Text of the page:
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Las Vegas Attorney Accused of Role in Med Mal Kickback Scheme


Posted on Feb 25, 2008

WHEELCHAIR-BOUND: Woman tells of operation, case

Attorney accused of role in kickback scheme

When Melodie Simon prepared to undergo routine back surgery to replace screws holding a fused lumbar disc together, the former Olympian never expected she would be bound to a wheelchair for the rest of her life.

On Thursday, Simon was lifted out of her wheelchair and onto the witness stand to testify about the tragic surgery and the lawyer who prosecutors allege cut deals that kept him from suing the surgeons who performed the 2000 operation and held secret meetings that cheated Simon out of larger settlements.

"My legs just buckled underneath me; they just gave out," Simon told jurors softly, recalling her first attempt to walk just days after the Aug. 2, 2000, procedure. "I was in tears and quite in a panic."

Simon, a 41-year-old mother at the time, hired personal injury attorney Noel Gage to find out what went wrong after spinal surgeons John Thalgott and Mark Kabins tried to fix her nagging disc.

"She went to Mr. Gage and said, 'If you are going to be my attorney, I want you to tell me what really happened. I want you to be honest with me. I want you to treat me as your sister,'" Assistant U.S. Attorney Daniel Schiess told jurors during his opening statements in the government's case against Gage.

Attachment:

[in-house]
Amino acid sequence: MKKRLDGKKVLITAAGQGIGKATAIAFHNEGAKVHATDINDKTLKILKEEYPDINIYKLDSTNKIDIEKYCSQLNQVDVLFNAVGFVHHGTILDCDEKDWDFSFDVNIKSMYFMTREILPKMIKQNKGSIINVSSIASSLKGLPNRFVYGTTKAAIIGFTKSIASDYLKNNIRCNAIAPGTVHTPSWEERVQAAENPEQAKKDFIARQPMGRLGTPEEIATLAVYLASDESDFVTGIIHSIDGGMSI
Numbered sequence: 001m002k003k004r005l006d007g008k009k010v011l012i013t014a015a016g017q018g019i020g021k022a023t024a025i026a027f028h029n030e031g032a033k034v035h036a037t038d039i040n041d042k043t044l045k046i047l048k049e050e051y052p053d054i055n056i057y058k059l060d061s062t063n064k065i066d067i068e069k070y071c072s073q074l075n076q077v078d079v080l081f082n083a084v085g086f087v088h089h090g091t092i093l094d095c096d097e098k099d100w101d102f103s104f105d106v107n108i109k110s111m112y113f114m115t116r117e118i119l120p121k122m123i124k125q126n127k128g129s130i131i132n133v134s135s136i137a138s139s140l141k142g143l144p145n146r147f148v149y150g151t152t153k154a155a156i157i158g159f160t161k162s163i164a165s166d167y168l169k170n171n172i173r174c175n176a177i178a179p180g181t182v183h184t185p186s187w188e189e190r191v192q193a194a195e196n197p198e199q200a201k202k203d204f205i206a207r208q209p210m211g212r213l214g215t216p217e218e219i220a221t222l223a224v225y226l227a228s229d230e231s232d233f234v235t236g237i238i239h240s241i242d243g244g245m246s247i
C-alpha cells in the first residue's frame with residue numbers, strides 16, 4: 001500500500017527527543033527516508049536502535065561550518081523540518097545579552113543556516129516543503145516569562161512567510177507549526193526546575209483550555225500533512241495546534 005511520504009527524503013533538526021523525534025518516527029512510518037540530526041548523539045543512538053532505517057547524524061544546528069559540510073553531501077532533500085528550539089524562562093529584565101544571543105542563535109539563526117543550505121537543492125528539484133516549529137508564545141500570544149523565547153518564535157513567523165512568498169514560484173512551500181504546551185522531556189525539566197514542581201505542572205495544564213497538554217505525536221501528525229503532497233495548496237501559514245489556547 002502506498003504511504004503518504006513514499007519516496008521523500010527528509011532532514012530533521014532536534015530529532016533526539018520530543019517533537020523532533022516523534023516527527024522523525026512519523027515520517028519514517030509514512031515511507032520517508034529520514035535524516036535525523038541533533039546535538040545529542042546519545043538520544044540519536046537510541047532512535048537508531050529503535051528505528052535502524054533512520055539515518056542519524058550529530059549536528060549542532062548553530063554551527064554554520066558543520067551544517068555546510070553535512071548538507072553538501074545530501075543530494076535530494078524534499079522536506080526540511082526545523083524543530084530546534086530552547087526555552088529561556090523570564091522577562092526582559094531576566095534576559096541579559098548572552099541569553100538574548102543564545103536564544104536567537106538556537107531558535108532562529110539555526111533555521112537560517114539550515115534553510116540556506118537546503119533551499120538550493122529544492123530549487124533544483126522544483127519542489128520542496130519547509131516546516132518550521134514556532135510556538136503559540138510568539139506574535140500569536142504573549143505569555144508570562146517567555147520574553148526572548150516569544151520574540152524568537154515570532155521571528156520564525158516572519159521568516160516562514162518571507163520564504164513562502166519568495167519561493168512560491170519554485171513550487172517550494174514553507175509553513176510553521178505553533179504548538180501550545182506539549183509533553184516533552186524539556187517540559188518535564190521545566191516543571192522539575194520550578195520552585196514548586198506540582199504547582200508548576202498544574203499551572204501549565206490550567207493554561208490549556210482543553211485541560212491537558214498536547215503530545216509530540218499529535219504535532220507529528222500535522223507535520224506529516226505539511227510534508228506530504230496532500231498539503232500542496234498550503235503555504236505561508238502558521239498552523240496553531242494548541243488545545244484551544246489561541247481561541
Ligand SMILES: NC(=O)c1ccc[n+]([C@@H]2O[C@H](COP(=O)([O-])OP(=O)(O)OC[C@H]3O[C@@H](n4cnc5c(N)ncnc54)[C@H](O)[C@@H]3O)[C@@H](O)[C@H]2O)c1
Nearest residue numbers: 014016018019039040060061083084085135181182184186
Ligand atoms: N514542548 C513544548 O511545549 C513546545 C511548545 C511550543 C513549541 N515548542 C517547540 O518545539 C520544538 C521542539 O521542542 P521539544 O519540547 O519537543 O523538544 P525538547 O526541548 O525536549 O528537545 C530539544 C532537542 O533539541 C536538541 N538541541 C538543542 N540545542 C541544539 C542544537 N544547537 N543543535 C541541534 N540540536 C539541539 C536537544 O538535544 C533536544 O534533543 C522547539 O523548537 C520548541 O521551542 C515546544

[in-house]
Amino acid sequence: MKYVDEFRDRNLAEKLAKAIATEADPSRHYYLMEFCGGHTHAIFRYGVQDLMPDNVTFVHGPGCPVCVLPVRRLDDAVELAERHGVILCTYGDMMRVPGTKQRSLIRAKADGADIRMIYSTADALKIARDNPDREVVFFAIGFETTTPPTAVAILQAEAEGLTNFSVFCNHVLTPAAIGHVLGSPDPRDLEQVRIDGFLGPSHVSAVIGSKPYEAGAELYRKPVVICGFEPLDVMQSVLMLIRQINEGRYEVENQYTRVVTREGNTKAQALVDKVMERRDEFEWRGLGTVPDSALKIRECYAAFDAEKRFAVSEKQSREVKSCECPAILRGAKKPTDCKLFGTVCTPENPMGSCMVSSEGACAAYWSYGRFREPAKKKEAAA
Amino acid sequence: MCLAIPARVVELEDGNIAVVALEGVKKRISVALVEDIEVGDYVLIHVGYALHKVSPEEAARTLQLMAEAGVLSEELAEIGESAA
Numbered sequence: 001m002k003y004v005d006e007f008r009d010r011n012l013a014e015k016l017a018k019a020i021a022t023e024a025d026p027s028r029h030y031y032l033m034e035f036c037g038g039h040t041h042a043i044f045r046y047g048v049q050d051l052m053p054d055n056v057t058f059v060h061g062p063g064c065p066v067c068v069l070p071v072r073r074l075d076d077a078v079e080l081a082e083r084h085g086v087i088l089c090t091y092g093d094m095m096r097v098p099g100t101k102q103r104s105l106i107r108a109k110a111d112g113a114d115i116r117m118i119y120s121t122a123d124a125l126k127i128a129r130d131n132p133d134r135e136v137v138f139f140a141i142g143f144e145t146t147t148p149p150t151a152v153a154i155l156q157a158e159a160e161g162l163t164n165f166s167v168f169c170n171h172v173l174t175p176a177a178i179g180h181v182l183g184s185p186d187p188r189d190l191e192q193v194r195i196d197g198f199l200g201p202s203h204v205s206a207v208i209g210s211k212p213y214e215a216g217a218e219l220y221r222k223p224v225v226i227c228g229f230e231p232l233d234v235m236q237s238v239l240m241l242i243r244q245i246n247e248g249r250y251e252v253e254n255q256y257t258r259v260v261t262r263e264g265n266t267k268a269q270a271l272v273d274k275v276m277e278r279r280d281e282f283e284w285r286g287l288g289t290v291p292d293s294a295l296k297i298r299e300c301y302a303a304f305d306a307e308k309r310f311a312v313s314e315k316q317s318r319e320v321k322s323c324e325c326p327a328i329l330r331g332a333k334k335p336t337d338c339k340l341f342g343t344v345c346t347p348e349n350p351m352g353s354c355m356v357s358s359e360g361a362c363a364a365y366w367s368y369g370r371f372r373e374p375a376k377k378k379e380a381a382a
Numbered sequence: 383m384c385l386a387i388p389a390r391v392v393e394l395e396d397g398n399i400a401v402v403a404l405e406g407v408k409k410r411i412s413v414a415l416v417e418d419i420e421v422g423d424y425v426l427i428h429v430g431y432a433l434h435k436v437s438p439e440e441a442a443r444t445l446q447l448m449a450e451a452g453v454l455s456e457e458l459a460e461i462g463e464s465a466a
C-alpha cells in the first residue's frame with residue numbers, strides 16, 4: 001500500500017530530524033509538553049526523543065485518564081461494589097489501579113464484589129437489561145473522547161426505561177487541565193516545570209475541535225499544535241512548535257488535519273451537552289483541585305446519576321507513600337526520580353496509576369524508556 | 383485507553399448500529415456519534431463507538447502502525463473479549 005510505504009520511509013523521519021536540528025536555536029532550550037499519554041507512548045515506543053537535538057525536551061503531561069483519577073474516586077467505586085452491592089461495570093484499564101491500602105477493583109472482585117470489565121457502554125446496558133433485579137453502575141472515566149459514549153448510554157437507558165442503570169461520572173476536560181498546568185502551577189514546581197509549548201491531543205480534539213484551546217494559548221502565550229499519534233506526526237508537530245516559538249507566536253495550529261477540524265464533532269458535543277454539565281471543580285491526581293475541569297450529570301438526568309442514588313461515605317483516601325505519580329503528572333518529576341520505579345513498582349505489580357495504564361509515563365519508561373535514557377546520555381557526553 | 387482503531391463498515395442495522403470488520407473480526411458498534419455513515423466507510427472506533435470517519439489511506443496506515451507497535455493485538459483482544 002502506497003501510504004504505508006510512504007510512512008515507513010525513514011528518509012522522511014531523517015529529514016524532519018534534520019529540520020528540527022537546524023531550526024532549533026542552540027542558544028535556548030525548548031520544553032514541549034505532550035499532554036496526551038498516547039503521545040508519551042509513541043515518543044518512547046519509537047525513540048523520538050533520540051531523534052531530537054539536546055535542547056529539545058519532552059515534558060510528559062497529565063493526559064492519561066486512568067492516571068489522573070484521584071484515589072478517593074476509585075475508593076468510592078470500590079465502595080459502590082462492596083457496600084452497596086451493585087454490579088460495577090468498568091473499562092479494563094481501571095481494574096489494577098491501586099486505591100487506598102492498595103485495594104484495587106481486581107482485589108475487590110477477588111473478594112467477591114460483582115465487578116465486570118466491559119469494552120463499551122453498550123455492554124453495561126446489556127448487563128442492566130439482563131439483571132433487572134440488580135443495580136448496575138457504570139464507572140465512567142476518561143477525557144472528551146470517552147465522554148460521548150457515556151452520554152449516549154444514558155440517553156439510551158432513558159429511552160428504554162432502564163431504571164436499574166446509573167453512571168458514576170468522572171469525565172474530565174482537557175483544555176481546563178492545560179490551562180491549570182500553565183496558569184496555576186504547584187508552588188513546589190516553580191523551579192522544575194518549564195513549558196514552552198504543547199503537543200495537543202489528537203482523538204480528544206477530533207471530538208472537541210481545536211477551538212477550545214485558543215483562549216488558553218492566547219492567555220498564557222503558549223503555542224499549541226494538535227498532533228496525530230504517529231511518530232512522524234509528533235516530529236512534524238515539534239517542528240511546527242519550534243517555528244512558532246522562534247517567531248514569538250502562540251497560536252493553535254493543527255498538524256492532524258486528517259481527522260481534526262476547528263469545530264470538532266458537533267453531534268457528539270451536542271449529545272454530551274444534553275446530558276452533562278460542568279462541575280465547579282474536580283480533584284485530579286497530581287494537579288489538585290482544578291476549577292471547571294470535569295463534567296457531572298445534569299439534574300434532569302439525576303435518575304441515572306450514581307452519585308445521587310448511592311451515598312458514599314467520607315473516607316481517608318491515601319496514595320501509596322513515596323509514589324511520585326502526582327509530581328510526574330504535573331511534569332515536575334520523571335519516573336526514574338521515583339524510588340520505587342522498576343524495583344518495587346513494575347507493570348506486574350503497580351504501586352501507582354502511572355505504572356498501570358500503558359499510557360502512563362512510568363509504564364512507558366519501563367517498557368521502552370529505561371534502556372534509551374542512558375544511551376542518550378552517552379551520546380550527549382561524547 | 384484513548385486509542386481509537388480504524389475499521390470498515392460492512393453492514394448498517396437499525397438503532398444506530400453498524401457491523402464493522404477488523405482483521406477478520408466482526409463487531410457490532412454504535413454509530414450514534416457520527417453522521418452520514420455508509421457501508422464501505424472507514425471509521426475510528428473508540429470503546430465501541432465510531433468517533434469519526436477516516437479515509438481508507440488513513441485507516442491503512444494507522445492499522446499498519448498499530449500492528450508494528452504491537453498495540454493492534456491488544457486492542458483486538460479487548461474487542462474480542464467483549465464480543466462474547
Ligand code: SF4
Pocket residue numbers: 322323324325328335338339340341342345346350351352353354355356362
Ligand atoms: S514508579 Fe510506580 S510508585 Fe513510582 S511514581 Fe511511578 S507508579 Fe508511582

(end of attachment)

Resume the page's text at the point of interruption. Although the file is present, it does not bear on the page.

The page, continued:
"Mr. Gage looked her in the face and said, 'Call me your brother,'" Schiess said.

But the government said Gage failed to fulfill his duty to provide honest services and committed fraud when he was offered a deal by self-proclaimed medical consultant Howard Awand.

The government alleges Awand worked with Thalgott and Kabins and offered to refer lucrative cases to Gage if the attorney backed off his doctor friends.

That is when Gage became involved in a web of Las Vegas doctors and lawyers who worked with Awand to jack up medical costs, to protect physicians from being sued for medical malpractice and to share kickbacks to make millions of dollars, the government alleges.

Schiess told jurors that three days after Awand sent Gage a case that ultimately settled for $18 million, Gage turned his focus on the Simon tragedy from the surgeons to anesthesiologist Dan Burkhead.

"Mr. Gage looked at the case and realized that the case was worth millions," Schiess said. "Millions to the family and millions to the attorney."

Schiess said Gage agreed to share his 40 percent of the settlement with Awand, an ethics violation for lawyers.

Gage successfully sued Burkhead and Sunrise Hospital and Medical Center, where the surgery was performed. Simon received a $2.3 million settlement.

After attorney fees and costs, Simon received $1.3 million, which she testified will never cover the costs of her medical needs.

Gage's attorney, Thomas Pitaro, disputed the government's allegations Thursday and described his client as "a skilled, knowledgeable and dedicated attorney."

Pitaro said personal injury attorneys lose nine out of 10 medical malpractice cases against doctors. And instead of receiving no settlement, Gage went after the more vulnerable Burkhead and was awarded the limit under insurance policies. Gage crafted a successful strategy to persuade the surgeons to testify against Burkhead, strengthening his case, he said.